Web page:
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Review: Zammuto, AU, Me Vale Madre

Me Vale Madre, PJ Waxman, MVM

PJ Waxman of Me Vale Madre, all photos by D.Wallace

After being so impressed by Yellow Minute at the Apache Lake Music Festival, I was a pleasantly surprised to find myself in front of Me Vale Madre where PJ Waxman from Yellow Minute plays lead. MVM has a different brand of rock — and I’m buying it. Tony Patiño stands in front of a plethora of midi controllers, pedals, and a mixer on the floor, as there was no room left in his personal electronic laboratory. Me Vale Madre was engaging, exciting, and made beautiful, beautiful noise. Since the band is local, I will without a doubt be at the next show.

AU, Luke Wyland

Luke Wyland of AU

AU was next, with just as many cords, wires, pedals, and controllers. All that plus a clarinet that was attached to the powerful Holland Andrews and drummer Dana Valatka armed with hand bells. Keyboardist/vocalist Luke Wyland was fantastic to watch but Andrews stole the show. And after a solo piece, when we were all thinking “this gal could hold her own with just that voice, clarinet and some looping pedals,” Wyland announced that she had a solo project, Like a Villian. AU was able to manipulate its myriad of electronic components with ease and without pretension. The musicians are passionate performers, and I was completely blown away by the diversity of sounds and talent, and their sheer relentlessness.

Nick Zammuto, Zammuto

Nick Zammuto of Zammuto

And now for the headliner: Zammuto. You never know who is going to stop by Phoenix, so when I got the announcement that Zammuto would be at Crescent Ballroom, I was pretty damn excited. Nick Zammuto, composer and vocalist for the group, was part of the duo The Books. I was introduced to the band’s music about five years ago and they remain one of my favorite bands, even though the duo is no longer together. Zammuto’s music is genuine, sometimes funny, and always intriguing. Not to mention that he actually uses powerful meter and tempo changes (thank you!).

Zammuto’s set up was quite minimal compared to the other ensembles — keys, two guitars, bass, kit, projector, and a few other tricks. Several of the Zammuto tunes had very precisely synced video… my favorite of which was “Too Late to Apologize.” And yesterday I learned that the tune is about finger skateboarding (or is it? that’s what they said). The video? Well, old footage of finger skateboarding. Although “Zebra Butt” did come pretty close to being my favorite, you can’t ignore good music about finger skateboarding (maybe). Overall, the various subject matter was not so much bizarre as it was oddly common. Zammuto has a song titled “Yay” about chronic back pain (which is just not fair to sing in front of an audience that has been standing for three hours, but then again, that was probably the point). They also have a tune about an old infomercial-type “self-massaging tool” (no, not that) called “The Stick” (really, it’s not what you think). There are no lyrics, save those provided by the video. I immediately thought of Jacob TV who is known for chopping text from infomercials and TV to create tracks for piano and other various instruments. You’ll understand more of what Zammuto was doing if you check out this Jacob TV video.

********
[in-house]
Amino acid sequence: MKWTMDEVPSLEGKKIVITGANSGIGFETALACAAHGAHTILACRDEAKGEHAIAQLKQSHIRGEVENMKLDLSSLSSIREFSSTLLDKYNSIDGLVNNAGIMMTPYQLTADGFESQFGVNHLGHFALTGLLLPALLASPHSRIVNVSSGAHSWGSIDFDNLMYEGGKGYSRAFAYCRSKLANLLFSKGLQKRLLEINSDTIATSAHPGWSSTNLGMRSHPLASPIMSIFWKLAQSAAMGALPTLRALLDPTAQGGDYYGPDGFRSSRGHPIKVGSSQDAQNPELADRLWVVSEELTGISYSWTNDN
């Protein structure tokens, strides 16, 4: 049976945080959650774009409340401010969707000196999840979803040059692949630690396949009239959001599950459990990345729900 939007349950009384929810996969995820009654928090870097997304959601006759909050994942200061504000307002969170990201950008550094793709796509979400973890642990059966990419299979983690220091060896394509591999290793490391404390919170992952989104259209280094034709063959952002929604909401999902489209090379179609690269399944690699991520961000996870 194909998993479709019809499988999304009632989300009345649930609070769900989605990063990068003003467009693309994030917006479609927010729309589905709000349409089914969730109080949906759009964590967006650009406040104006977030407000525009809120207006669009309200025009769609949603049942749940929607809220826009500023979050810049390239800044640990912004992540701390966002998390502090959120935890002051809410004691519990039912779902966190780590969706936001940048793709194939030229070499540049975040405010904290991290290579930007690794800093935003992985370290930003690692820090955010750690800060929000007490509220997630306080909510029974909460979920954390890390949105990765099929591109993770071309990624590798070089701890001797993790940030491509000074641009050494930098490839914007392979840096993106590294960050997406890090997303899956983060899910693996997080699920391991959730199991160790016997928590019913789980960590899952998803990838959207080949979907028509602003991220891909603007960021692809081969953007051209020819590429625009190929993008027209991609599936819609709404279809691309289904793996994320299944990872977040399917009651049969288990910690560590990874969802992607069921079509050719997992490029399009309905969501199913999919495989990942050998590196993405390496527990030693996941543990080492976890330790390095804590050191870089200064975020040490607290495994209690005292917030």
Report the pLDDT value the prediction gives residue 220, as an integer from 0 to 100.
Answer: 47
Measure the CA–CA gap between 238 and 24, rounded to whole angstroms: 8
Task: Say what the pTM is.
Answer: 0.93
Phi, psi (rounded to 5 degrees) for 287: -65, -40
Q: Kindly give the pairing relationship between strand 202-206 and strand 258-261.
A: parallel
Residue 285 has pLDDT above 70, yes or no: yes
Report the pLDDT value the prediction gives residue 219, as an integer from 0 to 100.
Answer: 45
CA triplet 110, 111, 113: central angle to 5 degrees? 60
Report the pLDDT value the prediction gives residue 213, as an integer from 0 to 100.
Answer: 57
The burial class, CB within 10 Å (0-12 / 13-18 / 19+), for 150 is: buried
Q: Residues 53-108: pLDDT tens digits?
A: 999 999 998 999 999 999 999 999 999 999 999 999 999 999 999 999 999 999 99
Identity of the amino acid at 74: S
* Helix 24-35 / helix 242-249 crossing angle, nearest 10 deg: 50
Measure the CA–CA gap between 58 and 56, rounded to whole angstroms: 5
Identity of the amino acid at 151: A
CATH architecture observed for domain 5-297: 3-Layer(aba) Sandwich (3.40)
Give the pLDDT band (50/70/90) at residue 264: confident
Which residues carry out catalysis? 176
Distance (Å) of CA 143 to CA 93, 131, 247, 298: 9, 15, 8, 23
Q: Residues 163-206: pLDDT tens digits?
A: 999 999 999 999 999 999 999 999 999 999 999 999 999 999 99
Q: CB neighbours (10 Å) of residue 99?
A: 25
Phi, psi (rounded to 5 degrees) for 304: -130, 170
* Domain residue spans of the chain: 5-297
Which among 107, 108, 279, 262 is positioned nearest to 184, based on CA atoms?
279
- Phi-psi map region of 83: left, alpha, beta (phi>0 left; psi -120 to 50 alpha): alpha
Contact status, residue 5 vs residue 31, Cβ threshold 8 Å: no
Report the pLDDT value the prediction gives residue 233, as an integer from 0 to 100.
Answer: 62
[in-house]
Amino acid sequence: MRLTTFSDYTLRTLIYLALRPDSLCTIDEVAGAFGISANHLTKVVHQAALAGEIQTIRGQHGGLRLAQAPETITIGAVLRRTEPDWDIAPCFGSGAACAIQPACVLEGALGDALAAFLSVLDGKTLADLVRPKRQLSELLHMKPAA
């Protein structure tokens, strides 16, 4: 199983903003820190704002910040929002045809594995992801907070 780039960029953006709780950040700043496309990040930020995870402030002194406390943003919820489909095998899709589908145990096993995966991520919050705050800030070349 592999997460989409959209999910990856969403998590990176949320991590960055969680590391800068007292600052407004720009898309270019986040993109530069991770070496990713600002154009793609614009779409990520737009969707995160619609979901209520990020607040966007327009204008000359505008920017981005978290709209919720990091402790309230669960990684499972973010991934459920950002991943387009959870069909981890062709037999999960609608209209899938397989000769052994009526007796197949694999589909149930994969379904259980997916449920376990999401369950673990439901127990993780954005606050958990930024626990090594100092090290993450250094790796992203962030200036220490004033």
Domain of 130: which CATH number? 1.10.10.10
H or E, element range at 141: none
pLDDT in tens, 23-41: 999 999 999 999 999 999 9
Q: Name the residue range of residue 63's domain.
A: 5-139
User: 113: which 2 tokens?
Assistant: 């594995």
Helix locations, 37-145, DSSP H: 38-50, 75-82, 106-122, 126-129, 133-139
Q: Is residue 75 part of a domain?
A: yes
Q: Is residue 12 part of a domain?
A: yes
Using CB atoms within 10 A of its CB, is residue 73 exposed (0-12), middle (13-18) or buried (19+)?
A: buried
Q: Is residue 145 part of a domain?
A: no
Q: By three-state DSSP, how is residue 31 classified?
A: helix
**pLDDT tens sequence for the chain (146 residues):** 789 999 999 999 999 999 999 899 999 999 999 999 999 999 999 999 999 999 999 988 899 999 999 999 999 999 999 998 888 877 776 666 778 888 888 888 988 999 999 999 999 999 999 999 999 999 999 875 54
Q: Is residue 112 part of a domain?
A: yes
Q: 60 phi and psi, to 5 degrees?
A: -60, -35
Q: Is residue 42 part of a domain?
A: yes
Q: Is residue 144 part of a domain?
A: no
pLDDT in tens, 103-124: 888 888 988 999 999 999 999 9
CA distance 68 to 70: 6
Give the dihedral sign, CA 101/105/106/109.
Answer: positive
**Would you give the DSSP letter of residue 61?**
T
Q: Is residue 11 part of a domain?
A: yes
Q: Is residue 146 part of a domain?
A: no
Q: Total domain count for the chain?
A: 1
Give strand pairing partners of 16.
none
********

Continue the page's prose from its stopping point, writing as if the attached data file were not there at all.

There was a greater sense of ease on stage for this last set. Zammuto is a band of wildly talented, seasoned musicians and it shows in more ways than one (Sean Dixon on drums, Gene Back on guitar, Mikey Zammuto on bass). They don’t take themselves too seriously (you can’t when you are showing videos that pretty much stifle the desire to dance around. If you’re wondering if that means the videos were that interesting or that awkward, well, it was both), but giving anything under 100 percent isn’t an option. After revving up the audience with images of Christmas trees igniting in living rooms, the show ended with “The Greatest Auto Harp Solo of All Time,” also known as the liveliest rendition of “The Battle Hymn of the Republic” ever performed. This song can only be heard live. And you missed it. Ancient autoharp video also included. As dedicated fans do, an encore was requested and the evening concluded with a few favorite songs originally by The Books.

Nick Zammuto’s work doesn’t end with his new band. He has scored several documentaries and he and Paul de Jong (the other half of The Books) have worked with The Bang on a Can All-Stars. More of his work: Soundcloud, documentary about Nick Zammutodocumentary scored by Zammuto.

  • PJ Waxman of Me Vale Madre PJ Waxman of Me Vale Madre
  • Tony Patiño of Me Vale Madre Tony Patiño of Me Vale Madre
  • Mike Bell of Me Vale Madre Mike Bell of Me Vale Madre
  • Luke Wyland of AU Luke Wyland of AU
  • Holland Andrews of AU Holland Andrews of AU
  • Dana Valatka of AU Dana Valatka of AU
  • Sean Dixon of Zammuto Sean Dixon of Zammuto
  • Mikey Zammuto of Zammuto Mikey Zammuto of Zammuto
  • Gene Back of Zammuto Gene Back of Zammuto


One Comment

  1. This was an awesome, awesome show. To bad there were only about forty people there. I’m glad I was one of them. Nick Zammuto was super friendly and gracious, as well as all of the members of AU. As the article says above, I was also blown away by Like a Villain/HA. She is a powerhouse of talent and voice. Zammuto was also a great experience. I can’t wait for his new album, Anchor to get released, as well as his return to Phoenix in September of 2014. Now if we can only get AU (with Holland) back to the southwest…….

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